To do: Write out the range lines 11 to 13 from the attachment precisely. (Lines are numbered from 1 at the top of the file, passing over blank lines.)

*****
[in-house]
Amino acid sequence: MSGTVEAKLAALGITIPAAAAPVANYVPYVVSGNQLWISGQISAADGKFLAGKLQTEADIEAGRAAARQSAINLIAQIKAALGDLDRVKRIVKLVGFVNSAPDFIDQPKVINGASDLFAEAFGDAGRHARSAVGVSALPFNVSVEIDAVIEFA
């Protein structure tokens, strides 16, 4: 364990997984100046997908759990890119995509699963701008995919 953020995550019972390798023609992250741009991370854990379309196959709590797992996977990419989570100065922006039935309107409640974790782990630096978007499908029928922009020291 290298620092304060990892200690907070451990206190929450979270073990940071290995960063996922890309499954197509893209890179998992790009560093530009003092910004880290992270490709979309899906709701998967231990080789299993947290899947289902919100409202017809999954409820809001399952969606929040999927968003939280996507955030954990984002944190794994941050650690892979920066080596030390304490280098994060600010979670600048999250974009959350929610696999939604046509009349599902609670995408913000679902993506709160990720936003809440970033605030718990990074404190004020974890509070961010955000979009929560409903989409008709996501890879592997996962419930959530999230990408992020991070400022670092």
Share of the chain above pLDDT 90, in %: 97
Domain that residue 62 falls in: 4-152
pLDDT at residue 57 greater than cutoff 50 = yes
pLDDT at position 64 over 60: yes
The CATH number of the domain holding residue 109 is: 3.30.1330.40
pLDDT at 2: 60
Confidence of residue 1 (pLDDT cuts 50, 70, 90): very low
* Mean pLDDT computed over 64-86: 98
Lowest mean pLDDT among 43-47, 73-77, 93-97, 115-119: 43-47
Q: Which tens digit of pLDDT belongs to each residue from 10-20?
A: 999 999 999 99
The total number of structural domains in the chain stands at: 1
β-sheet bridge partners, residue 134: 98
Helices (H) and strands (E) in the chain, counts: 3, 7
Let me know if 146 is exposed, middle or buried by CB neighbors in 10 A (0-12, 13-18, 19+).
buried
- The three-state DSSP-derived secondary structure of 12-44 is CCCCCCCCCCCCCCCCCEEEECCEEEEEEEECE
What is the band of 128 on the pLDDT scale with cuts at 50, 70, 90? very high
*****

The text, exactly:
* Mean pLDDT computed over 64-86: 98
Lowest mean pLDDT among 43-47, 73-77, 93-97, 115-119: 43-47
Q: Which tens digit of pLDDT belongs to each residue from 10-20?